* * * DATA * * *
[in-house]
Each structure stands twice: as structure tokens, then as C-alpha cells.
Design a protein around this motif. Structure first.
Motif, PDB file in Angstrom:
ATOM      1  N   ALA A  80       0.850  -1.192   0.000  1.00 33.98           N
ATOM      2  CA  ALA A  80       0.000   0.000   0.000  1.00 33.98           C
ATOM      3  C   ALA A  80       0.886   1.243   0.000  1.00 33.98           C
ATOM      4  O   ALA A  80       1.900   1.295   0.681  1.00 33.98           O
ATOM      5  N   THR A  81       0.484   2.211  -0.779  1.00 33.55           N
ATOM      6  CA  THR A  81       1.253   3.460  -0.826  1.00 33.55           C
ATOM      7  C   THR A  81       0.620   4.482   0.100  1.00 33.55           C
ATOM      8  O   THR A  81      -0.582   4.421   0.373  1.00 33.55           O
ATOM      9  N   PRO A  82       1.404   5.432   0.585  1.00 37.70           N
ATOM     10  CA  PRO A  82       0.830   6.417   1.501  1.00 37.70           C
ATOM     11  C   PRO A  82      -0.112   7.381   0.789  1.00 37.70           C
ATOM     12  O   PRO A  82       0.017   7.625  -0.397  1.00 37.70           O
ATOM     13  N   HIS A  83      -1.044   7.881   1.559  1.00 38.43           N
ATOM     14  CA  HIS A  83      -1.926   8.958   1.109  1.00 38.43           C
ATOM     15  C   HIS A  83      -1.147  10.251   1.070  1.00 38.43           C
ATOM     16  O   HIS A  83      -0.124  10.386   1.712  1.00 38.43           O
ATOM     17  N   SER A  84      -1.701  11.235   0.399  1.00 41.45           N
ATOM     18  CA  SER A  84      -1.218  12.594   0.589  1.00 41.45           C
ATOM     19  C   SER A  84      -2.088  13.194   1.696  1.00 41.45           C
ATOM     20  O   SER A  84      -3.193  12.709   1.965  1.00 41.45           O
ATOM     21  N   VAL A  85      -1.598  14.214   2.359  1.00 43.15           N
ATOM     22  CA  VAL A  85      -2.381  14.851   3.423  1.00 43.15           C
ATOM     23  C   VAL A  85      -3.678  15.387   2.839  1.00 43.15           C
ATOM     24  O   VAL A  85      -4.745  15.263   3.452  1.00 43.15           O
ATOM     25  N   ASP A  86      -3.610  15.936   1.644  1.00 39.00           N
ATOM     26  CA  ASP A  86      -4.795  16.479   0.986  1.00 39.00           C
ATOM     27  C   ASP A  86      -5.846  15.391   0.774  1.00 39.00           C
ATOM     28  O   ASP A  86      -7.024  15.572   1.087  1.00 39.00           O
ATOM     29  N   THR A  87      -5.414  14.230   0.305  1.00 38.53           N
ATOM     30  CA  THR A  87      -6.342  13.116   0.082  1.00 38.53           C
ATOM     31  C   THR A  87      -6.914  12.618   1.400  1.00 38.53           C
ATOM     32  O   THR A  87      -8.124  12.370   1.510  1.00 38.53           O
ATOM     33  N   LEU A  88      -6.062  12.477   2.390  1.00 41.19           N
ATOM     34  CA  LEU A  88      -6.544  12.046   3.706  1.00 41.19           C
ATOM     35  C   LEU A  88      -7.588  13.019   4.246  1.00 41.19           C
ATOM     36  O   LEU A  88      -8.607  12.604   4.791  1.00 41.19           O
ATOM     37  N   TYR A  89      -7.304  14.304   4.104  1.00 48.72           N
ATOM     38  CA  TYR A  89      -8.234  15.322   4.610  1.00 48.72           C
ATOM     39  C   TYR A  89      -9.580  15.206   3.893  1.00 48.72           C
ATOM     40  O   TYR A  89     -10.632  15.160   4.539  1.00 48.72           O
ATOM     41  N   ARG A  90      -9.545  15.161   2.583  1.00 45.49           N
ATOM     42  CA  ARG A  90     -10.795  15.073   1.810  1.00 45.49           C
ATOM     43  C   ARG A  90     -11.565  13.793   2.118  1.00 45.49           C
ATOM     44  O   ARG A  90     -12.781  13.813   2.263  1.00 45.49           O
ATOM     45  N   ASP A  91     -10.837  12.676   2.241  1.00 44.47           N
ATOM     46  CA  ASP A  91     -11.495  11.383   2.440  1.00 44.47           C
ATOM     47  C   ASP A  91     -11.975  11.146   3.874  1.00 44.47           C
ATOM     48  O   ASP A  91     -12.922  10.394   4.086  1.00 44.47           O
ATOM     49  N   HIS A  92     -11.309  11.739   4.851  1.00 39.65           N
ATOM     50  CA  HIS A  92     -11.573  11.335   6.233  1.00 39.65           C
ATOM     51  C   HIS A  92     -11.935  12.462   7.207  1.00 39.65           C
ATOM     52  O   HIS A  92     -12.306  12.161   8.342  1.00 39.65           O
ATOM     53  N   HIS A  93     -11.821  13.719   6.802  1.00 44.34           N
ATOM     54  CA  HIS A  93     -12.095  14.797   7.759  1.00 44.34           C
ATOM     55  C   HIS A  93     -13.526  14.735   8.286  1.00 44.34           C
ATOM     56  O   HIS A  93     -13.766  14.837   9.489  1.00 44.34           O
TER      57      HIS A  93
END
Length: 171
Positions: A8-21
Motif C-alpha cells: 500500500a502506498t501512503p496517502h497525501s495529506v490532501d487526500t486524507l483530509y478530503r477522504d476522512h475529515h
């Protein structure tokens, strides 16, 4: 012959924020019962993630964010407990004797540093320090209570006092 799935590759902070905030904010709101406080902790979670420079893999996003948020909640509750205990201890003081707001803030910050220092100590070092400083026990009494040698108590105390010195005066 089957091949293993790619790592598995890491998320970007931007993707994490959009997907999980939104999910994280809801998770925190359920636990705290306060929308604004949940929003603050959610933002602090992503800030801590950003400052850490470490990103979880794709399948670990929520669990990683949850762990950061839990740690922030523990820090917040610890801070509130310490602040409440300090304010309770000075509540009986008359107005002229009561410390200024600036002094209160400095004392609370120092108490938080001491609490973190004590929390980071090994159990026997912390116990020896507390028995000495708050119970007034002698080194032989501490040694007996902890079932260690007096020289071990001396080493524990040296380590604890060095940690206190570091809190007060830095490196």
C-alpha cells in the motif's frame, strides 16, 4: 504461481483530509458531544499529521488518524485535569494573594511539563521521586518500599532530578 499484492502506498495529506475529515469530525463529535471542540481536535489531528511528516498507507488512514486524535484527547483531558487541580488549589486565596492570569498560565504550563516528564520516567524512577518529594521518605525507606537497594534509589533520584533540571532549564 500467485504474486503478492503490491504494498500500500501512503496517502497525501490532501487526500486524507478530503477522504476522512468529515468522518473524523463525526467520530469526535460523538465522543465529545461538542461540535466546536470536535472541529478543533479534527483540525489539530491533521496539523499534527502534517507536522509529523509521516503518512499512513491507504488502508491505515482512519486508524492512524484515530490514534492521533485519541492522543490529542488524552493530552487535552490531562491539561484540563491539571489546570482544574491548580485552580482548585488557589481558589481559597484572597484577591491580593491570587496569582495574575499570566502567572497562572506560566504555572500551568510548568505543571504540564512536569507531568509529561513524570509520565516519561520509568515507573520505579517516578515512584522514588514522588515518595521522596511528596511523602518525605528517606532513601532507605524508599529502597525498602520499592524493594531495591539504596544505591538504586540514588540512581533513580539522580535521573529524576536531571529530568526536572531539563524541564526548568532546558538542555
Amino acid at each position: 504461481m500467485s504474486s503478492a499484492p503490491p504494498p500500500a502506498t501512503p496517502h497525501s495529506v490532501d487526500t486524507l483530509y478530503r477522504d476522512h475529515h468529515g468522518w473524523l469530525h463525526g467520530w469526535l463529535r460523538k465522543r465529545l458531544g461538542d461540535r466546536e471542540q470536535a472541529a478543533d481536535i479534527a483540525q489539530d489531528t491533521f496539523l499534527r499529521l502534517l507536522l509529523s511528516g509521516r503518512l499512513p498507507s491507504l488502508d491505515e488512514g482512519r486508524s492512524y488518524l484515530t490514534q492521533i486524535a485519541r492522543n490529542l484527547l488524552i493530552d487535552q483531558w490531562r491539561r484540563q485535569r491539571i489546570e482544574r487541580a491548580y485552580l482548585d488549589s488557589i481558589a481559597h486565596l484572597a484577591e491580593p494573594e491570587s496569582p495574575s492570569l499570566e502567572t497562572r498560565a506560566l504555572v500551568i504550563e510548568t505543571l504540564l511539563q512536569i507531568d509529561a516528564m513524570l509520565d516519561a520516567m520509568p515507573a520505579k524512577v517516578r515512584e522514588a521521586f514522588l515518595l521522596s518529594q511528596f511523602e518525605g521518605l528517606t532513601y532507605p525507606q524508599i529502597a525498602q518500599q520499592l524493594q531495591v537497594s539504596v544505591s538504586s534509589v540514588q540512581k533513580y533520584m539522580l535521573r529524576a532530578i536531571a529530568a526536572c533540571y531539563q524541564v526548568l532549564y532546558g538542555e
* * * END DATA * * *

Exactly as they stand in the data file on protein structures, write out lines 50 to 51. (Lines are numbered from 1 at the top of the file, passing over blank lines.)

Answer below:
ATOM     46  CA  ASP A  91     -11.495  11.383   2.440  1.00 44.47           C
ATOM     47  C   ASP A  91     -11.975  11.146   3.874  1.00 44.47           C